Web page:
Further, consider discussing structural reasons behind high prevalence in populations - such as discrimination.
5. Explore structural reasons for differences in health outcomes
Example: The medical literature now describes many examples of health disparities by race, socioeconomic status, and other variables. However, the mediators of those disparities are not always known and, if known, are not always discussed. This may leave some students with a misguided impression that genetic or biological differences drive such disparities.
Solution: Clarify potential reasons for racial health disparities. Conversations that focus on the structural reasons for health outcomes (e.g. racism, education, housing, immigration status) may help students move from the misguided notion that genetic/biological differences between “races” drive such health disparities to developing a more nuanced understanding of how structural racism, socioeconomic status, unconscious bias, and other factors impact health care. (Please see Addendum A for further discussion of this topic.)
6. Acknowledge limitations of research.
Example: It is common to encounter medical studies that disproportionately enroll men or white people. The generalizability of those findings to women, persons of color, or other underrepresented populations may be limited or problematic.
Solution: If underrepresentation in study subjects by gender identity, sex, race, socioeconomic status, or another meaningful variable may limit the study’s generalizability, consider disclosing this as an educational point.
This may encourage students to engage in the challenges in applying research findings to diverse populations. Dialogue may be encouraged even when study subjects across groups appear represented, because categories are often poorly defined (e.g., using a sample of a Yoruba population in Nigeria to compare “Africans” to “white Americans”). Even when racial minorities are included in research, the categorization of broad racial groups (e.g. African American, Asian) can often obscure precise outcomes, making it important for educators to consider when data disaggregation is appropriate.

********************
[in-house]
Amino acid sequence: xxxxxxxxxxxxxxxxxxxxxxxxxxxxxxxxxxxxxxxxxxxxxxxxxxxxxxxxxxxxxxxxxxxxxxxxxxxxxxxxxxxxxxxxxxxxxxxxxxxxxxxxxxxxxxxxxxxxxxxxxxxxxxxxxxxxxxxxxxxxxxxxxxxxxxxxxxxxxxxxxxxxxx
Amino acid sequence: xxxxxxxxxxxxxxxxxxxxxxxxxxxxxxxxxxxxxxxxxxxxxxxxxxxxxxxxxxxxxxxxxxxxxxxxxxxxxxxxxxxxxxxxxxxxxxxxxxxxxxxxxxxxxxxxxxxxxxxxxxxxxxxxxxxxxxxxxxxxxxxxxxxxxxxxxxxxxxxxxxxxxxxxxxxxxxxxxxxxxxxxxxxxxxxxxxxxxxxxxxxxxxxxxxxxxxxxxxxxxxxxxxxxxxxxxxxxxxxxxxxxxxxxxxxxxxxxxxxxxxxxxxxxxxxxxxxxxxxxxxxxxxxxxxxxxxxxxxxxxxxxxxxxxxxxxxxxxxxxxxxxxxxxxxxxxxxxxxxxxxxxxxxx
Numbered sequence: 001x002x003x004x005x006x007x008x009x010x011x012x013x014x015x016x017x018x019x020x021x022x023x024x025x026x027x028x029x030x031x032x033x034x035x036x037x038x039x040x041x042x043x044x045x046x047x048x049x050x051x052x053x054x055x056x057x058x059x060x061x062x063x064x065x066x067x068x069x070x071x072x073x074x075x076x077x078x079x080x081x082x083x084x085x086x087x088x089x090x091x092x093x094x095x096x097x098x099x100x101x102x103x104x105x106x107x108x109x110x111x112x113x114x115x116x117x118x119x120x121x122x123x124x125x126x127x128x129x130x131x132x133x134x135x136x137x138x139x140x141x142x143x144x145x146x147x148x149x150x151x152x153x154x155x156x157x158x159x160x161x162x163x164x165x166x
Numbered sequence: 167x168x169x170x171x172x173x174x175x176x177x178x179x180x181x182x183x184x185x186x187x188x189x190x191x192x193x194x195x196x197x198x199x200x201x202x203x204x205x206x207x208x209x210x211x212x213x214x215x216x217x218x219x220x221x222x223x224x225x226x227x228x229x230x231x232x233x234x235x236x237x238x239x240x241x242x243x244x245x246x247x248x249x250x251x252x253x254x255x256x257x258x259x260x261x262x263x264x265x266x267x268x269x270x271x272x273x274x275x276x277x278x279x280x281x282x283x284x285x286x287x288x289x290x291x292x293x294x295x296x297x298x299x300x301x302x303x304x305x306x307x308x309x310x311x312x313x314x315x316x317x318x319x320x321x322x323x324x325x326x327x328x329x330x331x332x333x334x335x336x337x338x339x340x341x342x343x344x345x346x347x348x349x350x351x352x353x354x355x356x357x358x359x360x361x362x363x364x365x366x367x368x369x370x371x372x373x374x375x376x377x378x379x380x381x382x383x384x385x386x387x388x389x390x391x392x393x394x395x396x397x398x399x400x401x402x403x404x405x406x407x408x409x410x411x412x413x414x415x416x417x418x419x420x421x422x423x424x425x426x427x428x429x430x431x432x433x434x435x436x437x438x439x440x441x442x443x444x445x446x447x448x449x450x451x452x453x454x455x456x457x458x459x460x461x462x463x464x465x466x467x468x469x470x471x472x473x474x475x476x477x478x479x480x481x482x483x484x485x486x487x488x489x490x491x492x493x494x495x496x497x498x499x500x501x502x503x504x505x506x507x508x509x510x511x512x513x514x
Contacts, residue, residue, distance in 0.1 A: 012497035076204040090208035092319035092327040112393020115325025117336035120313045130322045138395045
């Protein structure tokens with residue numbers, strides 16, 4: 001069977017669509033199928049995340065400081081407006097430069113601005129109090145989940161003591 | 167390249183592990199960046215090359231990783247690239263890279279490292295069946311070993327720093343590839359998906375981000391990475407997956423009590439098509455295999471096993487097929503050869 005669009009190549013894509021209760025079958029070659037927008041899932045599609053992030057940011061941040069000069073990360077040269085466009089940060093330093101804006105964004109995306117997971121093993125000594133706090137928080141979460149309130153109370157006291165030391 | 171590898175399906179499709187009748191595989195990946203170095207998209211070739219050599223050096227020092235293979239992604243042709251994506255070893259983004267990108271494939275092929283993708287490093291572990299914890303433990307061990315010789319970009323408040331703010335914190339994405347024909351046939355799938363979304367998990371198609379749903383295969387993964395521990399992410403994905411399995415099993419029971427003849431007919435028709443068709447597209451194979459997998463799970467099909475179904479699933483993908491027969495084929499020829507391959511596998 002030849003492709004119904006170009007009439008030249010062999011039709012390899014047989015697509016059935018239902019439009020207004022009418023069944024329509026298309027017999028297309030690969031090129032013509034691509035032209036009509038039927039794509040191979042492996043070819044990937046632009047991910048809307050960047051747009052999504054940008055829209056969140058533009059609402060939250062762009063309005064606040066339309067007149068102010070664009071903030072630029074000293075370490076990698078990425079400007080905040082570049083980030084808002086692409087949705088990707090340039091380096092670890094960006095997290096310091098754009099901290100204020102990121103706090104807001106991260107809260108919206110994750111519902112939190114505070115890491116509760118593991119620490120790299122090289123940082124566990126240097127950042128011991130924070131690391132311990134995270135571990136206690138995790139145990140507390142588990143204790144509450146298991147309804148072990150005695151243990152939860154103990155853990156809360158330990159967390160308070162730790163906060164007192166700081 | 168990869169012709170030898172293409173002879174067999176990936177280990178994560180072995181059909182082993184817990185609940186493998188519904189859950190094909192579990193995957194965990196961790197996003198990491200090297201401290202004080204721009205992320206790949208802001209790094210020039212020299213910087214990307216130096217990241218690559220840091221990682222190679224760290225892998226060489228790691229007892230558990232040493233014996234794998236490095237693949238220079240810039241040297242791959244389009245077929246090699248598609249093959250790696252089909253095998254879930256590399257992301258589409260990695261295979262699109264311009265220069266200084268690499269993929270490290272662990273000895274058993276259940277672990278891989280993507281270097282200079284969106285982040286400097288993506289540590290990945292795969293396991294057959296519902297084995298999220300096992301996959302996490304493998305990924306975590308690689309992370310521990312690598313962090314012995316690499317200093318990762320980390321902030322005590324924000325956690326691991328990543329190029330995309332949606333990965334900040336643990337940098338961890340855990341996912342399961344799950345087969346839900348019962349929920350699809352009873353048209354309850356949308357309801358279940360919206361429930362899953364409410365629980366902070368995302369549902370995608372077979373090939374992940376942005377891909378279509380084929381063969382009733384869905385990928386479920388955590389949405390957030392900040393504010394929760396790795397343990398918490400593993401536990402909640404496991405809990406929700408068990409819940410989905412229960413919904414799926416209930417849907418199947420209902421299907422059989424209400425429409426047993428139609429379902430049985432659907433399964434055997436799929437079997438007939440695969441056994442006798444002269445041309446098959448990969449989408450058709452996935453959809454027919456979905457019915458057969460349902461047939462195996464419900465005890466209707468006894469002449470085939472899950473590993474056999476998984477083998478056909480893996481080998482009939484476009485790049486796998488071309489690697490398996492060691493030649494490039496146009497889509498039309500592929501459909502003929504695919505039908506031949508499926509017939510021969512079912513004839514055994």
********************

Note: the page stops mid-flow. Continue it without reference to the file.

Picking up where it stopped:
Examples of Domains of Identity
- Ability (mental, emotional, and physical)
- Socioeconomic class
- National origin and geography
- Culture and behavior
- Political and religious views
The social construction of race (continued)
A key principle that informs our approach to promoting an anti-bias, anti-racist, and inclusive curriculum is that race is a social constructs (in contrast to biologic phenomena such as skin pigmentation). Racial categories (i.e., “black” or “white”) reflect social conventions rather than meaningful biological distinctions.
Race does not describe an individual’s genetic makeup. Of two people who identify as Black, one may have biologic ancestry that confers increased risk for genes that cause hemoglobinopathy while the other does not; one may have skin of Fitzpatrick Type VI (deeply pigmented) while the other has skin of Fitzpatrick Type I (pale and prone to sunburn).
It is important to understand and convey race as a social construct to avoid perpetuating the false notion that differences in health outcomes along racial lines are due to biological differences between races and genders.
For instance, the higher risk of death from prostate cancer among black patients compared to white patients is better explained by poorer access to high quality preventive and uro-oncologic care than by a difference in prostatic histology or pathophysiology. Racism, rather than race, is a risk factor.
An anti-racist framework that identifies race as a social construct and emphasizes structural reasons for health and disease helps educators convey to their students a more accurate understanding of the structural inequities that drive many of the disparities that exist and a better understanding of the role of biologic or genetic differences when they are important.
The social dimensions of gender
Gender is rooted in socially constructed roles, behaviors, expressions, and identities of girls, women, boys, men, and gender non-binary people. In fact, the relationship between gender and an individual’s genetic makeup may be overdetermined.
For example, of two people who identify as women, one may carry a Y chromosome while the other does not; one may have a uterus or ovaries or breasts or a penis while the other does not.
The portrayal of gender as distinct from biological phenomena such as genitalia or chromosomes allows educators to be specific in their descriptions of medical findings and treatments. This, in turn, gives students a clearer understanding of the potential differences in findings or recommendations for different groups of people.
If you wish to learn more, here is a partial list of resources for further reading and examples.
- Excellent overall review article: https://www.nejm.org/doi/full/10.1056/NEJMms2025768
- Inclusive Pathology: It can be difficult to find examples of pathology on skin of color. 2 resources are:
- VisualDx in UpToDate has a skin of color feature
- Ford, Chandra L., and Collins O. Airhihenbuwa. "The public health critical race methodology: praxis for antiracism research." Social science & medicine 71.8 (2010): 1390-1398.